Proponents of library lot green space hold block party
Members of the Library Green Conservancy want people to come out to the new underground parking structure next to the Ann Arbor Public Library this afternoon and "Imagine a Park."
That's what they're calling the block party to promote the idea of creating a downtown park on the Library Lane parking structure.
The city of Ann Arbor is considering putting more parking spaces on top of the 711-space underground lot, which was just completed, but the Library Green Conservancy, a nonprofit with more than 80 community members, wanted people to come out Saturday to participate in a collective vision of a new public park at the South Fifth Avenue location and enjoy food, music, and an Imagination Station for children.
"Anyone who cares about what happens on the library lot is welcome to join the celebration today and add their ideas to the collective vision for public space there," said Will Hathaway, a spokesman for the Conservancy.
"This as a park makes downtown more accessible," said Alan Haber, an Ann Arbor resident and one of the originators of the idea for creating green space downtown. "A park here is a front porch for the library, a front yard for people who live downtown, and a comfortable, free place for visitors to come and relax."
Supporters are referring to it as "Ann Arbor's Central Park" and offering ideas including making it a venue for celebrations and various types of festivals as well as a site for sculptures, food carts, movies, musicians and chess tables.
That's what prompted Haskell Rothstein to come to the block party.
"I want to promote chess in the park," he said while embroiled in a chess match. "I've seen it in Europe. It brings people to a downtown."
Sarah Nassiri, who has a degree in urban planning, likes the idea of green space in the city.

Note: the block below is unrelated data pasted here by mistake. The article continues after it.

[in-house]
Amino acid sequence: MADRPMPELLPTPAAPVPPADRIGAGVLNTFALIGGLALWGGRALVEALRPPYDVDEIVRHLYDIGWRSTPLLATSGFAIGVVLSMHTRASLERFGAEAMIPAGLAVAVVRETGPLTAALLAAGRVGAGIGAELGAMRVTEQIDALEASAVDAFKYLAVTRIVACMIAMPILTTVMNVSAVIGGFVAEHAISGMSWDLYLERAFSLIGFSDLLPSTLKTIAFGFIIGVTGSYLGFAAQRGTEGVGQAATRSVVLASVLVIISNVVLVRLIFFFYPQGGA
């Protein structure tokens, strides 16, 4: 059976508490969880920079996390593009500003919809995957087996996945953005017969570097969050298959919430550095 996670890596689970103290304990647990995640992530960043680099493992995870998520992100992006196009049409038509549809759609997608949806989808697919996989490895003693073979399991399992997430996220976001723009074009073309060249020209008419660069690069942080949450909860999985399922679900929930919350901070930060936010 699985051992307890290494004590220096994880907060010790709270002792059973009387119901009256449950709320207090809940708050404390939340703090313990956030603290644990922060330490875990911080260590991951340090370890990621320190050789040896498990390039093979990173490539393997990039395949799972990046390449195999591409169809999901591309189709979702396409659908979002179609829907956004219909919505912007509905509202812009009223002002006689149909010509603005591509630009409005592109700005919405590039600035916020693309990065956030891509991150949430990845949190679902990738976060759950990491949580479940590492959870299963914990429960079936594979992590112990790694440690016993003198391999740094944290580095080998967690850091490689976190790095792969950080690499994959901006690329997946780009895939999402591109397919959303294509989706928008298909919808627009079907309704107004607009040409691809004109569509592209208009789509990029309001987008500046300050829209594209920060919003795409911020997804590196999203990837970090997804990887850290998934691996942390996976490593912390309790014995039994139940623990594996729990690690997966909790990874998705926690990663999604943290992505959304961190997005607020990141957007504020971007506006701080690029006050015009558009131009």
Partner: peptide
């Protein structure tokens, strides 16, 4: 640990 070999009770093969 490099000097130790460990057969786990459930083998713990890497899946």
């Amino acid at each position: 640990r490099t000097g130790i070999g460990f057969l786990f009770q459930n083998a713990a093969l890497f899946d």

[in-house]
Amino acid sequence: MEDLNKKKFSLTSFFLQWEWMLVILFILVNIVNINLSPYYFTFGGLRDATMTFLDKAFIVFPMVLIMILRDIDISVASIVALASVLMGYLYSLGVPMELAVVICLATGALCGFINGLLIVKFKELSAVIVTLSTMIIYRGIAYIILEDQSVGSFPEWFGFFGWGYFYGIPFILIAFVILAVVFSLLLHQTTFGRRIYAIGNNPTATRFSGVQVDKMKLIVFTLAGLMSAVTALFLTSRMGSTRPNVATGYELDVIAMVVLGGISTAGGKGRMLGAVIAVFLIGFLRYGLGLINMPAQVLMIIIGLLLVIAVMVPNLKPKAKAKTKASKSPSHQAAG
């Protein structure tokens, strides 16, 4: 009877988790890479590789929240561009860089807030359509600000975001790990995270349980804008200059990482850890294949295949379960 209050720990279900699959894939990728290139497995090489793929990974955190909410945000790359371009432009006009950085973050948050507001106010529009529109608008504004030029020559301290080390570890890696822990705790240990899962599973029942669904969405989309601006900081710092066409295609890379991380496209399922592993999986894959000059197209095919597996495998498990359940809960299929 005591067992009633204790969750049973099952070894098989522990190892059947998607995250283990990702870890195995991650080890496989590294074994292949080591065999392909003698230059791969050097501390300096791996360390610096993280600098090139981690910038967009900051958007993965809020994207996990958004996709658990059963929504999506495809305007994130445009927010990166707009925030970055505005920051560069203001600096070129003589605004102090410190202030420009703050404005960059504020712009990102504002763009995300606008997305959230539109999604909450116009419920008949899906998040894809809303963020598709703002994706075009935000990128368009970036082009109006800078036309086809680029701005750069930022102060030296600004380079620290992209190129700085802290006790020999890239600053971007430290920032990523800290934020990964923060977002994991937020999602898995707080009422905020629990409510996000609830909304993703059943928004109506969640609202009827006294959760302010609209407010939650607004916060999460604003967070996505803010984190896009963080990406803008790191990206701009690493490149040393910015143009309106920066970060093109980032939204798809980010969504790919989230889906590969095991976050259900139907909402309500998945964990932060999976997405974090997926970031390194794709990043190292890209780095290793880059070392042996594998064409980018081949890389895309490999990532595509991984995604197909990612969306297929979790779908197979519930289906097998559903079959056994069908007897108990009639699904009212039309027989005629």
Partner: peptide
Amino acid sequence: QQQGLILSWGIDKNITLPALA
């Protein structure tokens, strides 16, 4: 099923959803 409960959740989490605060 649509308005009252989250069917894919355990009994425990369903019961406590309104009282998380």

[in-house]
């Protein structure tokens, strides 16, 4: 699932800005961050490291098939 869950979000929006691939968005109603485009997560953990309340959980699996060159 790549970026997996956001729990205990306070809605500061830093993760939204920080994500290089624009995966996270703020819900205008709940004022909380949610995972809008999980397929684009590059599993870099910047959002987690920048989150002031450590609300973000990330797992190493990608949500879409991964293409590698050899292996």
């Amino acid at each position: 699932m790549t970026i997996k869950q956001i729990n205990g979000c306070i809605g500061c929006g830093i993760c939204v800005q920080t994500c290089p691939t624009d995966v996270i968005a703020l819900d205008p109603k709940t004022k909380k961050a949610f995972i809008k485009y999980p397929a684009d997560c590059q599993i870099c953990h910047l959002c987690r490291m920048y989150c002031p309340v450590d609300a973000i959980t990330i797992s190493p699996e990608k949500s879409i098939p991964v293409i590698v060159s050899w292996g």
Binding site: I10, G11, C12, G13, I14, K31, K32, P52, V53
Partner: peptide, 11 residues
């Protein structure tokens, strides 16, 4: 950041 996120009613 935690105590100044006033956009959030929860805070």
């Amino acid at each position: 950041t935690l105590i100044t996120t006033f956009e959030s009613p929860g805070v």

"A park helps clean the air and cools the temperature," she said. "It's good all around."
Her friend, Ashley Wiseman, came to the block party to learn more.
"I would like a place to just be able to read a book or bring a picnic basket downtown," said Wiseman.
Nikki Klein brought her three children to the block party. "We're all for an urban park," said Klein. "This is the only town my children know, and I want them to feel like downtown is more welcoming."
The site is owned by the city of Ann Arbor and is located immediately north of the library between Liberty and William, on the east side of Fifth Avenue.
Some city officials, like Council Member Sandi Smith, D-1st Ward, who serves on the DDA's governing board, says the Library Green group's proposal is not possible on that block due to a lack of density.
Mayor John Hieftje says there is already a lot of green space in downtown Ann Arbor, and that whatever is built on the Library Lot will include some green space.
"We recognize that it is a relatively small space, especially with the way that it is now limited by the construction of the new parking structure and street," said Hathaway. "Ideally a park should connect with Liberty Plaza and other access points on the block to maximize pedestrian traffic, similar to the way that the University of Michigan's central Diag area has people flowing across it from all directions."
Hathaway says that there is some difference of opinion within his group about mixed-development of the site, but that they all agree there should be a genuine public process for eliciting input from the community about what features the park should have. Among them, his mother Mary Hathawy.
"A park here would become part of our identity," said Mary Hathaway. "it would be a gathering place for cultural events. There could be a wading pool in the summer and a skating park in the winter."